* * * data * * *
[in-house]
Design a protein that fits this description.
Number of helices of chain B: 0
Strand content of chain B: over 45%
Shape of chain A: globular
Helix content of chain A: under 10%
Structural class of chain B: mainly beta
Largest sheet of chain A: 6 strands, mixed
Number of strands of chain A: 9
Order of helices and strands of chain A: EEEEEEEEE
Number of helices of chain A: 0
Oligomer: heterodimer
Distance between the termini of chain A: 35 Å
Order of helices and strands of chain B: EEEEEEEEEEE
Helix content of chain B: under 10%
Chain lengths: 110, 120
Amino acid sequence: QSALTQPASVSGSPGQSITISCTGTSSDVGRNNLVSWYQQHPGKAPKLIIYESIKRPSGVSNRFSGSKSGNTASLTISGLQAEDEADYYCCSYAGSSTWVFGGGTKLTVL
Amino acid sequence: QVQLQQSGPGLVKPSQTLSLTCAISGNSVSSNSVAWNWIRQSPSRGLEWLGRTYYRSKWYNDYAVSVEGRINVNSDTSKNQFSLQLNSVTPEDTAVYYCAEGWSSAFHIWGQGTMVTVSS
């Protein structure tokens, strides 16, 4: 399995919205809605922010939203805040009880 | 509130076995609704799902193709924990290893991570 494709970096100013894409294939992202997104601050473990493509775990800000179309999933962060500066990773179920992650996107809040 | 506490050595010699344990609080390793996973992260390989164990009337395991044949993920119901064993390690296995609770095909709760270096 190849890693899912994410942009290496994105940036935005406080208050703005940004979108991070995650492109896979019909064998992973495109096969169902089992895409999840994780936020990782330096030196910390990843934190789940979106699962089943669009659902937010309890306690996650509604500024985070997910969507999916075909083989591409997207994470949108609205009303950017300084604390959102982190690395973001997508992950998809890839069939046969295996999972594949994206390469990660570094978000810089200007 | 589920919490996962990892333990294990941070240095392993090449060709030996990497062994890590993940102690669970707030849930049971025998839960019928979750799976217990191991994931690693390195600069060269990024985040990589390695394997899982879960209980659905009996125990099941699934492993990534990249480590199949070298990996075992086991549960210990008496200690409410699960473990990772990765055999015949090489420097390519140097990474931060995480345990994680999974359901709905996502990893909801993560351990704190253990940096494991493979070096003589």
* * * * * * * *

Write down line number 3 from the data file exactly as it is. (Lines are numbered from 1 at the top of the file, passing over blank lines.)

Number of helices of chain B: 0